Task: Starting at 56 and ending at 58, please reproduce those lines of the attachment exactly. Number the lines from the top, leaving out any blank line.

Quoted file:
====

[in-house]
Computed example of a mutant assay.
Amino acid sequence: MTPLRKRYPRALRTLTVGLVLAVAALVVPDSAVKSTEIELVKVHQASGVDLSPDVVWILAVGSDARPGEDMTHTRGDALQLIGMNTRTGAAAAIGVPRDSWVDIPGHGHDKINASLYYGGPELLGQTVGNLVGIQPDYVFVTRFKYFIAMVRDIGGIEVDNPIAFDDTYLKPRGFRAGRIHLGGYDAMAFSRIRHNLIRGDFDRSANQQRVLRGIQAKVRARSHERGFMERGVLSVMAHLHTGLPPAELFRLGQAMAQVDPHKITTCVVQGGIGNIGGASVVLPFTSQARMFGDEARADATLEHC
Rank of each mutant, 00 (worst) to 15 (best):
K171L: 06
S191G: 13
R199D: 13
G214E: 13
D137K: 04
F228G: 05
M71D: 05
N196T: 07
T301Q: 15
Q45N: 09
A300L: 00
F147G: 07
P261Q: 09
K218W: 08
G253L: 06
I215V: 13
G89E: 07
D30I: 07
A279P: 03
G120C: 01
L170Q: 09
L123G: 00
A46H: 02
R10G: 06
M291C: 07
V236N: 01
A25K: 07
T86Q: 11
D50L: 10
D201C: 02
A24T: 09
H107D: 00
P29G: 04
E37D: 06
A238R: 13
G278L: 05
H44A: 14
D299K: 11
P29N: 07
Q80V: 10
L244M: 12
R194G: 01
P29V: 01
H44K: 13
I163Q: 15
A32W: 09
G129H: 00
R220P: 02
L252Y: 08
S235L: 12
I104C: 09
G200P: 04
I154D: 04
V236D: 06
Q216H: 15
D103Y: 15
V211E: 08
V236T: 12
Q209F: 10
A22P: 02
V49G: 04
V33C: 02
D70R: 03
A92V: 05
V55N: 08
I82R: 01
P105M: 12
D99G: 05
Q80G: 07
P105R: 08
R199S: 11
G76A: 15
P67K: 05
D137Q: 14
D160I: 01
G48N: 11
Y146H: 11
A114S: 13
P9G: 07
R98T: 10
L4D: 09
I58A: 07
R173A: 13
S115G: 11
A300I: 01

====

G200P: 04
I154D: 04
V236D: 06